The Health Facilities Regulatory Agency (HeFRA) has granted the Cape Coast Teaching Hospital the accreditation to formally and legally operate as a Teaching Hospital.
The licensing followed the promulgation of the Health Institutions and Facilities’ Act 829 of 2011, which requires all health institutions, both public and private to obtain a license for operation.
The accreditation forms part of the Agency’s mission to transform the regulation of healthcare facilities through quality standard-setting, enforcement and client-focused partnerships.
At a ceremony to present the certificate to the Hospital, Registrar of the agency, Dr Philip Bannor, indicated his outfit’s objective was to work in partnership with stakeholders across the public and private health sectors to adhere to internationally acceptable health care delivery.
Dr Philip Bannor intimated by the granting of the license, they would ensure that health care was delivered within well-designed and structurally appropriate facilities.
“HeFRA is obliged to advocate patients and clients through a greater focus on safety, compassionate care and transparency in the operations of health facilities,” he stressed.
The Registrar further explained that the accreditation was to ‘ensure that health care delivery was fairly priced, engaged competent and accredited professionals, utilize the right type and well-functioning equipment in the Country.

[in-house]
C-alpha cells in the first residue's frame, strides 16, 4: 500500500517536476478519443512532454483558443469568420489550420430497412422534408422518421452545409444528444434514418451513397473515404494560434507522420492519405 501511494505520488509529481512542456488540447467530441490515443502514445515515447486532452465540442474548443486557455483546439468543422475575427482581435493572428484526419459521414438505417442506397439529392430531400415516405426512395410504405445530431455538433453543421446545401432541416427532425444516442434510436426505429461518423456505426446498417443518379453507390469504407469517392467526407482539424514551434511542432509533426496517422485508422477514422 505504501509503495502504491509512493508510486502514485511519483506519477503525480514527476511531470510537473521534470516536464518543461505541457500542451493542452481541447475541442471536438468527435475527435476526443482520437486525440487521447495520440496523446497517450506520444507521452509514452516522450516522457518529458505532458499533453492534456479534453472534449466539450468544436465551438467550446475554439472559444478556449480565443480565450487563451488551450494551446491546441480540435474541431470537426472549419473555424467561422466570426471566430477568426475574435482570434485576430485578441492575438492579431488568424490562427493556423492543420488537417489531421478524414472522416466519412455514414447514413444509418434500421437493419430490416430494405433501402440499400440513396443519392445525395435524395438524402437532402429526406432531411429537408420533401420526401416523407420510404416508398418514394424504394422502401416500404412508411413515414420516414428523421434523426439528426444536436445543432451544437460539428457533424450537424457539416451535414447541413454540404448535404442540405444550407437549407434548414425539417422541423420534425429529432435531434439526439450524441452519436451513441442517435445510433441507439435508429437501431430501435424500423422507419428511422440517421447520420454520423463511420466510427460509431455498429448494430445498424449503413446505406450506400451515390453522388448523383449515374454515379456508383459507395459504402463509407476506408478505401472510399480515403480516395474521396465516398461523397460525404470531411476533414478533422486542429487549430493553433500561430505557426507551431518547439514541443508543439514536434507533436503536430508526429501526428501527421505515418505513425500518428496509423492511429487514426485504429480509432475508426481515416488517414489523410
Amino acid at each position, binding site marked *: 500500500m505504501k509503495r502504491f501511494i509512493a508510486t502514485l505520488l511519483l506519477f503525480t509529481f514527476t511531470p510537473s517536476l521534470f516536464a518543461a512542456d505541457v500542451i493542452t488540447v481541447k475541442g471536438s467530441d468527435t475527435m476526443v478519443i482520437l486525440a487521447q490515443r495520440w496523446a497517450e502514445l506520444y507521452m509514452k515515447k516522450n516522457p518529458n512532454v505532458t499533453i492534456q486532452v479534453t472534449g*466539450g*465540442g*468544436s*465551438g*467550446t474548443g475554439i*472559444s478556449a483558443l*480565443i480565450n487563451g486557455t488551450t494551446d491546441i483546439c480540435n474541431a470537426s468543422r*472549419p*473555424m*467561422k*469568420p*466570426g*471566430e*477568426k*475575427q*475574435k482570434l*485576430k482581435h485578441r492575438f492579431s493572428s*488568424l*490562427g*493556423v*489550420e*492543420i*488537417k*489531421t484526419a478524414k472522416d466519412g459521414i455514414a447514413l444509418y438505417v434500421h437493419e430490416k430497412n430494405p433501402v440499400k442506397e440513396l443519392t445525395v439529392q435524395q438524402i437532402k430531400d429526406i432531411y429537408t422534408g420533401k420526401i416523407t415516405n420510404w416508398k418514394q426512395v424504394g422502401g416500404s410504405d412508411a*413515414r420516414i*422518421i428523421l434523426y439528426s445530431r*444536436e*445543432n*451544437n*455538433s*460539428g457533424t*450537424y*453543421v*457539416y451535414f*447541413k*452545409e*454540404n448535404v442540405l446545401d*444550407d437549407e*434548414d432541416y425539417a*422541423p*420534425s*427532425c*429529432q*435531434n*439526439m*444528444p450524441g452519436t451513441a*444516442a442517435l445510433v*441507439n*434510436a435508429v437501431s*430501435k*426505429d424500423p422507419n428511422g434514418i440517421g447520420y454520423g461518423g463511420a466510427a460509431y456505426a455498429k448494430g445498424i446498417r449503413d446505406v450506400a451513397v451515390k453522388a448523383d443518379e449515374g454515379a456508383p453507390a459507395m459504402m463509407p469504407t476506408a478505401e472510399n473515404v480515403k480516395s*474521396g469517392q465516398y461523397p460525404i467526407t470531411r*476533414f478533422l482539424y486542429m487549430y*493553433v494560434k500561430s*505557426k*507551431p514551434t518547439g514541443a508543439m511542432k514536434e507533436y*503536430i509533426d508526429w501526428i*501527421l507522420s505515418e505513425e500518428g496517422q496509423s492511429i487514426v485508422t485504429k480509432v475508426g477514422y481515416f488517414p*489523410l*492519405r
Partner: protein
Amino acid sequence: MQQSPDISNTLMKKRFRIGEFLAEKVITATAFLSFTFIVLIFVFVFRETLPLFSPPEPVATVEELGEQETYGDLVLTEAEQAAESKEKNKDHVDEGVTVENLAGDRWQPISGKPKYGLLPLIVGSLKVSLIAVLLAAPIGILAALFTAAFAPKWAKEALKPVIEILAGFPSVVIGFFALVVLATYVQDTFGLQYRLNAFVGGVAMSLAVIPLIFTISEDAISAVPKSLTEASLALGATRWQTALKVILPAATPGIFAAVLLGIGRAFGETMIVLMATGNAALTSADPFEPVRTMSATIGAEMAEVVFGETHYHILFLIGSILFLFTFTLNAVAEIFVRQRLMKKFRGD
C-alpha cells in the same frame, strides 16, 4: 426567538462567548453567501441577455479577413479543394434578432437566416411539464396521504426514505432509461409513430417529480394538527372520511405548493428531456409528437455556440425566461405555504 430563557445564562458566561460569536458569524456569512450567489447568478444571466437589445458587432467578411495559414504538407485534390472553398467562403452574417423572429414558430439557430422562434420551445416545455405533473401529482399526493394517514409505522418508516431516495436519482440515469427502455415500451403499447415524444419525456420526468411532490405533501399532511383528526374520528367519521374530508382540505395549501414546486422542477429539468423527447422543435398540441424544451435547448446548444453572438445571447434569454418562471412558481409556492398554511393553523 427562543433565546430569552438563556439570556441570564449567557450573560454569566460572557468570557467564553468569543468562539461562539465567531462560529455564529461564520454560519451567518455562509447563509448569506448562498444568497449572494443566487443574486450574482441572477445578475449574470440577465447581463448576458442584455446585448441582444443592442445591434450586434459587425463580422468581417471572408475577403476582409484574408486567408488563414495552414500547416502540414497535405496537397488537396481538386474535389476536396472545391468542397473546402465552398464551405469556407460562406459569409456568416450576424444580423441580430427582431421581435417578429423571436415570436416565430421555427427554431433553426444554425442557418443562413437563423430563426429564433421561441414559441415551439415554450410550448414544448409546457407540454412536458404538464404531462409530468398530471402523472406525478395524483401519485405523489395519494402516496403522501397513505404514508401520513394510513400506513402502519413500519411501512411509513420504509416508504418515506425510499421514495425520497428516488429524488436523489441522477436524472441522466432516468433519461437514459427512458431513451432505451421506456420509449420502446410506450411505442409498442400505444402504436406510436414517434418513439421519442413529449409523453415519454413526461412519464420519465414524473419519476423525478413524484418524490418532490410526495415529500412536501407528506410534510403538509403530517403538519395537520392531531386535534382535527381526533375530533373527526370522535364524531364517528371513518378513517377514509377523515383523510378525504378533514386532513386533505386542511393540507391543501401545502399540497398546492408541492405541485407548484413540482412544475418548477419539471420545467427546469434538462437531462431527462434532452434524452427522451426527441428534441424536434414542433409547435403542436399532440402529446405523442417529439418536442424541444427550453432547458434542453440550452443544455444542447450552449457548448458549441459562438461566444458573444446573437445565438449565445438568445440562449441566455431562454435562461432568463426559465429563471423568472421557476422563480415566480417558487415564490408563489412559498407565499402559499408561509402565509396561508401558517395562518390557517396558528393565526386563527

He applauded the management of the CCTH for working tirelessly towards earning the certificate to boost the already established patient confidence in the facility.
“The Cape Coast Teaching Hospital is more than delivering care. I can imagine a family throwing their hands in the air, not knowing what to do for a very sick child. You do many surgeries, cancer care, stroke care… the list is too many. I am here to affirm what you are already doing,” he applauded.
Dr Bannor urged public and private health facilities without accreditation to secure the requisite licenses to operate in order to contribute to developing and supporting identified professionals to improve the management of Ghanaian health facilities.
“In the area of medical education. You train many doctors and health practitioners. Your affiliation with the You have many community services.
“You are deserving of the certificate we are about to give you. We came to your institution to assess the facility. I am happy to inform you that you passed with flying colours.”
CEO of the Cape Coast Teaching Hospital, Dr Eric Kofi Ngyedu, appreciated HeFRA for officially granting the facility a license to legally operate as a Teaching Hospital.
He explained that the enabling legislation, Act 829 of 2011, had replaced the Private Hospitals and Maternity Act of 1958, Act 9, that was later amended by the NLC Decree 395 in 1969, which formerly regulated only private health facilities, while the government through the National Health Service, took care of public institutions.
“Few months ago, we subjected ourselves to a very important and statutory exercise that sought to grant us formally a license to practice within the context of law.
“After going through this exercise, we were informed that we now do qualify hence the presentation of the license to legally exercise our mandate as a teaching hospital,” he stated.
He stressed HefRA had the mandate to ensure that all facilities, both private and public meets a certain minimum standard requirement to be able to operate so the people of Ghana can have the best and the maximum benefit.
“You recall, we have positioned ourselves to be a world-class leader in tertiary health care delivery, medical education and research and if we are serious in driving this vision, then we needed to subject ourselves to this legal exercise,” he averred.